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Feb 19, 2010 08:45 AM

Ginger Grater

I often make hot and sour soup which calls for fresh grated ginger. Can anyone recommend a good ginger grater and where to purchase it?

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  1. I like my microplane grater.. you can find them at just about any cookware store.

    4 Replies
    1. re: grnidkjun

      I'm in agreement. I see no need for a specialty ginger grater when you can have a multipurpose microplane which works quite well.

      1. re: JungMann

        I grate next to nothing besides ginger and diakon, So for me the Japanese grater makes more sense than the microplane.

        1. re: Sam Fujisaka

          Also, the microplane grates everything, while the ginger grater kind of separates out the fiber and juice a little more, I think (so I think the ginger grater might give better results, but I could be wrong).

          We have a cheapie plastic one that also has a peeler on it. Probably from the Chinese market and can't cost more than a couple of bucks.

          1. re: will47


            Agree. Microplane cut a little better, while the ginger grater tears/splits the ginger. In term of what is considered "better", that is personal. The way I see it is that the porcelain ginger grater plate has two advantages over microplane: cheaper and safer. Unlike the microplane, you cannot seriously hurt yourself.

            On the other hand, I love the mircoplane because it is just so versatile.

    2. Get a light Japanese metal ginger grater. There are no holes and the grater collects all the juice and grated stuff. Any large Asian store.

      2 Replies
      1. re: Sam Fujisaka

        I have one of those (inscribed Made in Occupied Japan) and it works better for ginger than any other I've ever used.

        Looks basically like this:

        1. re: DebL

          That's the one! Treasure your "Made in occupied Japan" version!

      2. Before I got my ceramic grater, I used my knife to mince the snot out of the ginger.

        1. I agree with Grnidkjun

          I think you will find microplane graters (or the kind of them) as a pleasure surprise. You can grate really fast with them and of course you can use them for multiple things beside grating.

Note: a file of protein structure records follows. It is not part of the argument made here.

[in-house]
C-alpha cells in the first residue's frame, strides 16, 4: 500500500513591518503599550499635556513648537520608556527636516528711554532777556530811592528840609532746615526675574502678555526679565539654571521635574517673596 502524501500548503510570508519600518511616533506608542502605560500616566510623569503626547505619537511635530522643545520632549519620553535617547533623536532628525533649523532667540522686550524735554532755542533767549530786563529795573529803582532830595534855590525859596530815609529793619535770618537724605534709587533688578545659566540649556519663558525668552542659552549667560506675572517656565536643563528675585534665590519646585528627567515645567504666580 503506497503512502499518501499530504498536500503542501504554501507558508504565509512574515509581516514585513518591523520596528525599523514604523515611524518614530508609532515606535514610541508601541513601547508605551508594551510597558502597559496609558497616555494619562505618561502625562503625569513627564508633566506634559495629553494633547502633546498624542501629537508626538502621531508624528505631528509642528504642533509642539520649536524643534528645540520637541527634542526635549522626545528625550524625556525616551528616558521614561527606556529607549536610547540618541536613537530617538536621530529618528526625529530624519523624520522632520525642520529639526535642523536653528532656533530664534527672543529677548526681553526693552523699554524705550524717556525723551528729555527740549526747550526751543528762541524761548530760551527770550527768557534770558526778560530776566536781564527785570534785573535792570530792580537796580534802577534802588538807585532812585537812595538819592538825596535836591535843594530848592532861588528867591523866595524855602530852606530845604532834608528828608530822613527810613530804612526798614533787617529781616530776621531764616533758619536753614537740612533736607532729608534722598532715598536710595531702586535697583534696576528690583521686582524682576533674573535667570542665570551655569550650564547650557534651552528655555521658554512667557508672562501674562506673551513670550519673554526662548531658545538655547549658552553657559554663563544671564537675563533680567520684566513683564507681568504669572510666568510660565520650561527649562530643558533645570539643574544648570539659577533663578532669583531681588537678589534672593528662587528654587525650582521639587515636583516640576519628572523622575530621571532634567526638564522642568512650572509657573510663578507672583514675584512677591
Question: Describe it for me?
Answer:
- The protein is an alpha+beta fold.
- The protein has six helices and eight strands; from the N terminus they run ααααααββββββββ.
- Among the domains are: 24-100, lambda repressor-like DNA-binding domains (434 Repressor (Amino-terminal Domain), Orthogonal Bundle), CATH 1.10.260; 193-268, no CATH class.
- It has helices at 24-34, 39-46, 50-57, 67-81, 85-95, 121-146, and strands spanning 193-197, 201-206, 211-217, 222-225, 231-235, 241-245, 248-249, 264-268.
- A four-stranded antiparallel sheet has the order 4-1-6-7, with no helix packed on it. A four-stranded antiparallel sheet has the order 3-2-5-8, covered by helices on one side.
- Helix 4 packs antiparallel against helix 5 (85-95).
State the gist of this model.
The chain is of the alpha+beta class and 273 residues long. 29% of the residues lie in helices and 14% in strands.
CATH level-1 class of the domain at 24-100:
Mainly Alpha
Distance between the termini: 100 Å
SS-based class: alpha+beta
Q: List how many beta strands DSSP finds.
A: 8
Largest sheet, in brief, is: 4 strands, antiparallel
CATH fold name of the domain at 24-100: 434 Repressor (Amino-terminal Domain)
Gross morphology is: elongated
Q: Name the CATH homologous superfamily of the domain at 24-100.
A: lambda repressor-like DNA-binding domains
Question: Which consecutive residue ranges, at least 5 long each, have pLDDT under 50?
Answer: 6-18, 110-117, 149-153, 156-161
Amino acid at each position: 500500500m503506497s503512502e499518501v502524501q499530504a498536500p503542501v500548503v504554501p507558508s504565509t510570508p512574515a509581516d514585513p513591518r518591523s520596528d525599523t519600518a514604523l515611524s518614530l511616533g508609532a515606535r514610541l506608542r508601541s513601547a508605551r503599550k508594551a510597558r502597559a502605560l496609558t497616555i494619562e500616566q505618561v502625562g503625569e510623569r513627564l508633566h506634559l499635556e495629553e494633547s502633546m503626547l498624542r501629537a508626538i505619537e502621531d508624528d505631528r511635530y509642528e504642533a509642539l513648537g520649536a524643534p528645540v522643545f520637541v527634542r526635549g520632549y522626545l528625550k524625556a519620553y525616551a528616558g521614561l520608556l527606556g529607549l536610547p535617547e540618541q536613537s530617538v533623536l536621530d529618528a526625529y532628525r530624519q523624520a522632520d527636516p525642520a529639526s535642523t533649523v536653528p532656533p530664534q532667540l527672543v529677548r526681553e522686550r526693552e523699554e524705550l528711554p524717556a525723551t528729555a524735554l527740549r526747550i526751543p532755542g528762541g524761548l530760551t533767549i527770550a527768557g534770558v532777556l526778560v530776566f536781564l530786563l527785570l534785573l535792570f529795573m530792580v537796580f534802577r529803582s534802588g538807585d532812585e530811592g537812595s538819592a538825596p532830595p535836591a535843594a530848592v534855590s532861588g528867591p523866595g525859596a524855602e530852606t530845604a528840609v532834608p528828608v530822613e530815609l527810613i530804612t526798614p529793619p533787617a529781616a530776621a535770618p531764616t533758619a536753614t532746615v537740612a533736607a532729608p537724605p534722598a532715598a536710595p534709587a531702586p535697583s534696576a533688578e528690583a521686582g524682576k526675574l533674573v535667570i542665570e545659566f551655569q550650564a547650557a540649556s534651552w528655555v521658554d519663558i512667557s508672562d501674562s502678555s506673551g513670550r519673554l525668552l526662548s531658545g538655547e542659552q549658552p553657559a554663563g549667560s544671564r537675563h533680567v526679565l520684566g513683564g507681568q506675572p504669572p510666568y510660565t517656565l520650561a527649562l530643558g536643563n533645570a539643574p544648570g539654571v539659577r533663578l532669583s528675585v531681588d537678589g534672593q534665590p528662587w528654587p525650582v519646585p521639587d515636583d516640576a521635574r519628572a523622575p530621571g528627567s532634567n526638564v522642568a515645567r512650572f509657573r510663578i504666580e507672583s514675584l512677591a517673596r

You can find them in most kitchen stores, like Bed Bath Beyond, Williams Sonoma, or

          1. I agree that Microplanes are good, but if you grate a lot of ginger, you might want to get a dedicated grater. Amazon sells a 6.5-inch Kyocera ceramic ginger grater just like folks here in Japan use for $22.71.


            6 Replies
            1. re: tanuki soup


              Yes, I agree. A ceramic grater plate is great as well.

              1. re: Chemicalkinetics

                I second that agree. The ceramic breaks down the fiber best. But you don't have to spend $23... if you have an Asian area in your town check that out first.

                1. re: Chemicalkinetics

                  The porcelain and aluminum graters perform the same. Both are very Japanese. The aluminum one is good for both ginger and daikon, and costs a fraction of a porcelain one.

                  1. re: Sam Fujisaka

                    I have both a Microplane and a Japanese-style grater: square shape, tiny teeth, but no holes. When I use the Japanese grater, I get something closer to a puree than what I would normally call grated. Is that what I should be seeing?

                    1. re: cheesemaestro

                      Yes, that puree is what we use in Japanese cooking.

                2. re: tanuki soup

                  The Kyocera ginger grater is the one I have and I love it. For me it is easier for grating ginger than the Microplane. There is a clear silicone ring on the bottom of mine which helps hold it still on the counter when you are using it.